THE GOVERNMENT AND ECONOMIC LIFE
Introduction. Our attention thus far has been centered upon the more purely economic activities and development of the colonies. It was pointed out at the start that an understanding of the economic life of any people involves some consideration of the interaction between the economic conditions and the political, religious, and other social conditions, partly because those other conditions exercise an influence in shaping the economic life and partly because the economic life in turn reacts upon and helps to shape the character of the other phases of social development. Of especial importance among these other phases of social life from the point of view of their influence on economic life are the political institutions, which we may summarize under the term of "the state."
In fact the state plays a part in our economic life in so many and in such direct ways that it might well be considered an economic as well as a political institution. It functions in a positive way by itself providing many of the economic goods and services that society wants as well as in what may be called a negative way through the regulation and control of innumerable lines of economic activity. Without the state, the economic life of modern society would be impossible. We have previously, as occasion arose, pointed out numerous illustrations of the interaction between the economic and the other phases of social life; in this chapter we can touch only briefly on a few of the most important of these interactions, chiefly those concerned with political institutions, for the subject is as broad and complex as all social life.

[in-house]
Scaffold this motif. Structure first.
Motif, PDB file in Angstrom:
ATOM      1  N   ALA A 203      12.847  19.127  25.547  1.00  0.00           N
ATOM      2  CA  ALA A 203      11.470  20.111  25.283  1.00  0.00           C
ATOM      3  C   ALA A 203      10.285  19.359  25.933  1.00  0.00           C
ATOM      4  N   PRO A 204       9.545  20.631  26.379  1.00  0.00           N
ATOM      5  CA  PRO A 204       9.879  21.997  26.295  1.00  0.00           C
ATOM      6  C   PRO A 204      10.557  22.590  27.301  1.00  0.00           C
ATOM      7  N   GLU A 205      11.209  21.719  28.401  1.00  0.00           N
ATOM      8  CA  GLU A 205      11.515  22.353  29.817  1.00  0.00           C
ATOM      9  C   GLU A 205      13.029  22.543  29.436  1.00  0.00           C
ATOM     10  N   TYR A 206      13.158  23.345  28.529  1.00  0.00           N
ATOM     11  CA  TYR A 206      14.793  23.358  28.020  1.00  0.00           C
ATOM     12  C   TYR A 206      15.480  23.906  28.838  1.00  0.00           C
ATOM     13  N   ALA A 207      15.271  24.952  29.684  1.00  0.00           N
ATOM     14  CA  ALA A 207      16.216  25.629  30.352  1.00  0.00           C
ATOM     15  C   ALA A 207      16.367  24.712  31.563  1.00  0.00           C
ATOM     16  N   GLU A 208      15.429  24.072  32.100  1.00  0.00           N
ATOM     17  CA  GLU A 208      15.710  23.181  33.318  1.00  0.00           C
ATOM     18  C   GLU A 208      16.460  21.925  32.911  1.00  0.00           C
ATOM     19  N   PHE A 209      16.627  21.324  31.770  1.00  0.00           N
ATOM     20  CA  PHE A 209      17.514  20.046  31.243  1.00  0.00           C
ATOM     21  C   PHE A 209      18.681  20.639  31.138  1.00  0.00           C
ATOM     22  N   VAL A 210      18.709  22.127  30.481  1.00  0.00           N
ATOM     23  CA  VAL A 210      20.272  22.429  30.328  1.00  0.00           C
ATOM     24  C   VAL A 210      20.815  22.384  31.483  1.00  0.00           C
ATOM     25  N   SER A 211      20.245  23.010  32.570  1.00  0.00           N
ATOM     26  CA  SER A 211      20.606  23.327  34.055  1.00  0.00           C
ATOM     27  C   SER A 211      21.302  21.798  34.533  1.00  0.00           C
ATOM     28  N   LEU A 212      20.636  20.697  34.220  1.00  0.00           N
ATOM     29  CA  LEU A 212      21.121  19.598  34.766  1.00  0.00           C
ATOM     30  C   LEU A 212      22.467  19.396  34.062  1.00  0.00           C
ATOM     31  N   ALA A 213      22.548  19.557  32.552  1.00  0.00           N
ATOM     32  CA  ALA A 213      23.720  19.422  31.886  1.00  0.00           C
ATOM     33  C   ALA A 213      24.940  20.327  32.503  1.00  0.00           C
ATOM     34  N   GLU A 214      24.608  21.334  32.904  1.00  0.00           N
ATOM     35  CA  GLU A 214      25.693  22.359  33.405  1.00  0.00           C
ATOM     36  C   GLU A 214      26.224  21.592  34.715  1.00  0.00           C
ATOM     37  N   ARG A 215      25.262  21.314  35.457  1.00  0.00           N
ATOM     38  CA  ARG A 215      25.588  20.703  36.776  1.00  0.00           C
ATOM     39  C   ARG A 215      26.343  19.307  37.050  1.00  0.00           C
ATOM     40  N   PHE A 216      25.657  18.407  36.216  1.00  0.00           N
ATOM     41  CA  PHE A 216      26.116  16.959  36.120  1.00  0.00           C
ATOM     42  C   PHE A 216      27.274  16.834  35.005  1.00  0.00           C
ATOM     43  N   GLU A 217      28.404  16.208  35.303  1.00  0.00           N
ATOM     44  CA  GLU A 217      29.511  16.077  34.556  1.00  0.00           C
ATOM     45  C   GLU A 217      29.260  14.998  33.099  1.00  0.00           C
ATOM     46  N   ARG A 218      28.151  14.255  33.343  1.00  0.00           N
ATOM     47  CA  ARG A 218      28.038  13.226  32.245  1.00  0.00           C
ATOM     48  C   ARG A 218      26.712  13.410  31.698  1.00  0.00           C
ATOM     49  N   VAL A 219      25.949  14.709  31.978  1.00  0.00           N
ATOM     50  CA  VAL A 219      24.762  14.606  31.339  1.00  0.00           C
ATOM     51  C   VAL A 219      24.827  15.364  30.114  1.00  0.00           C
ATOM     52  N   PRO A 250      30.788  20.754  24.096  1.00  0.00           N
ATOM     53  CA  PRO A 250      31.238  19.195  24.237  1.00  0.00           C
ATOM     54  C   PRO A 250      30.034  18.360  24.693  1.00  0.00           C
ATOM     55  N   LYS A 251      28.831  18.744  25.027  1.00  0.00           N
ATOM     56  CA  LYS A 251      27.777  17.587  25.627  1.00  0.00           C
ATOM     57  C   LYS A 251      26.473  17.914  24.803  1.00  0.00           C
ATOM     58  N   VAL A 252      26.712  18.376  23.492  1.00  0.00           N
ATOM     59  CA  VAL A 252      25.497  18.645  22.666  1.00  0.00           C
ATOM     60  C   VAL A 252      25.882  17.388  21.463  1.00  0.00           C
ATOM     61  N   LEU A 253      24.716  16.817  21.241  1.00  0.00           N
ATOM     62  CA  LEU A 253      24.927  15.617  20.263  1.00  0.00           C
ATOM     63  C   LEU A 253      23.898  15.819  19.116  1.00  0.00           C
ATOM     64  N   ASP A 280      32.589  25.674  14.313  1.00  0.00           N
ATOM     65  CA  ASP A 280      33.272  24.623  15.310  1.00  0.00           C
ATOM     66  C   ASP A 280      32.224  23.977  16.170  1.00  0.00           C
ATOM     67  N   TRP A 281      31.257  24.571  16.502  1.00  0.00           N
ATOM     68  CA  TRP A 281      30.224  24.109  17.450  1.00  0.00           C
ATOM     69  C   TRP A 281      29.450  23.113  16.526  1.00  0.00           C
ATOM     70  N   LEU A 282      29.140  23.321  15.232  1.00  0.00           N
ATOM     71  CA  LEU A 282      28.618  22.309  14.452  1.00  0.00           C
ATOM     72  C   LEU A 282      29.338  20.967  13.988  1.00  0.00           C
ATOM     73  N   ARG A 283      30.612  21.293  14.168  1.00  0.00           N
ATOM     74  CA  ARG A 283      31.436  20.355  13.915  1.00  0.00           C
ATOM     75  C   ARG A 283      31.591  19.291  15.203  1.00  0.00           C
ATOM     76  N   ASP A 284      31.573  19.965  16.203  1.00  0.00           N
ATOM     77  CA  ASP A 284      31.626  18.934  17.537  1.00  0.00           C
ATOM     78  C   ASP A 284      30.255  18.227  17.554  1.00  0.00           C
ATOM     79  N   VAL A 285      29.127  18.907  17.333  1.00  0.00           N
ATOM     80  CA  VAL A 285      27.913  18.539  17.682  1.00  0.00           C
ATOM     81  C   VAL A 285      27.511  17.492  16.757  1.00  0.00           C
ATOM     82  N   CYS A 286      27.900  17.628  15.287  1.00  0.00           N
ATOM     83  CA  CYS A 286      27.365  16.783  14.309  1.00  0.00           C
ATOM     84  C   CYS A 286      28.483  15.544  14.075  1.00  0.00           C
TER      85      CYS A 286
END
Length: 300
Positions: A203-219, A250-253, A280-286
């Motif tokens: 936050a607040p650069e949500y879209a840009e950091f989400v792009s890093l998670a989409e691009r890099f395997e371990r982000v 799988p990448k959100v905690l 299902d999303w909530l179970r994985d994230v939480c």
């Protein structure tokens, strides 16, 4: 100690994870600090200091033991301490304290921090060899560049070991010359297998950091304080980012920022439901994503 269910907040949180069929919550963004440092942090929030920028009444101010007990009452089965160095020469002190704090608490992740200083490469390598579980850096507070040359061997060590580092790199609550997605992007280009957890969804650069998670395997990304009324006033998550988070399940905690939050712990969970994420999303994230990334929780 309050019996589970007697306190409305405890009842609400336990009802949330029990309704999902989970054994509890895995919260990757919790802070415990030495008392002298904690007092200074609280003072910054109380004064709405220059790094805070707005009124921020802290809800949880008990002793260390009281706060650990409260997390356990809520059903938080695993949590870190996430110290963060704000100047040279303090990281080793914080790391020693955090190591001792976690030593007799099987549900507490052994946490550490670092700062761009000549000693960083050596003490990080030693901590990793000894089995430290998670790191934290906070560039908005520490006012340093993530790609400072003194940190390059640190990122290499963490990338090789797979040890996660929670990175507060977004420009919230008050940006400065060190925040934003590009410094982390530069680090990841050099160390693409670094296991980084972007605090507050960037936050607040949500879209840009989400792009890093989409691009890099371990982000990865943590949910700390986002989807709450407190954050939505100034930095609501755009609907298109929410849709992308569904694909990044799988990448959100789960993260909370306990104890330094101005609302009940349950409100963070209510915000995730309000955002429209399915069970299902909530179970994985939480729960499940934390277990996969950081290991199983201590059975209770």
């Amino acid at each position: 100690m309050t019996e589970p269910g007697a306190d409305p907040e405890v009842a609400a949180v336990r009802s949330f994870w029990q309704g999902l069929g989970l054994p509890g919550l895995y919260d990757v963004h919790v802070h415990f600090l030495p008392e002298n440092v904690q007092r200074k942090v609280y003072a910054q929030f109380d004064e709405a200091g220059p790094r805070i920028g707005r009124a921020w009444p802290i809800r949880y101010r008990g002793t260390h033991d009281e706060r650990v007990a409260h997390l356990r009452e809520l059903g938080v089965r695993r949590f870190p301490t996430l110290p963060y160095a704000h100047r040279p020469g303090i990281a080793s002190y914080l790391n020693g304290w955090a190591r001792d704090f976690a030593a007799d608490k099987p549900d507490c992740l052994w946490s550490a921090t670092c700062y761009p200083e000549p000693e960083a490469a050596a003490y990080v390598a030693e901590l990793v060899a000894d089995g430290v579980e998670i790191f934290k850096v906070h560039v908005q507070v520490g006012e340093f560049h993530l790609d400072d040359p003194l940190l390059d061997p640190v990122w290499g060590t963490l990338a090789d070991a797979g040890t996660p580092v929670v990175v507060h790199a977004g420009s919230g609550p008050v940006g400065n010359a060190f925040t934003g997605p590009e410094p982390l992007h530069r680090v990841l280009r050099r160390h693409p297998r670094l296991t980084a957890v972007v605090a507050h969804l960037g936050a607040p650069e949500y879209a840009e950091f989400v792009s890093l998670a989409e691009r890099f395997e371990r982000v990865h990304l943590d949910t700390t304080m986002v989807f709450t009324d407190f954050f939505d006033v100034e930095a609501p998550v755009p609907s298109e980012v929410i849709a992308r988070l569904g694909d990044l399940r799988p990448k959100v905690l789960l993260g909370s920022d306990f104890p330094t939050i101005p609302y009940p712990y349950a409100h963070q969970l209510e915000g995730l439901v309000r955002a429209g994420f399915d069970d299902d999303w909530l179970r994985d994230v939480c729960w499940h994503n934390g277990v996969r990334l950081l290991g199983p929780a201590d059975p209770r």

The outstanding feature in the development of the political institutions in the colonies was the relatively high degree of local autonomy and self-government that was attained. This was the result of many interacting causes--economic, political, psychological, geographic, and social. In the first place England never exercised extensive control over the colonies. The distance from England and the extremely slow and uncertain means of communication made supervision of the innumerable details of government impossible. The colonies were largely the product of private enterprise and individual initiative, only mildly encouraged rather than actively developed by the government in England; in the seventeenth century they were looked upon as unimportant outposts of the rising empire; in the following century, under the policy of "salutary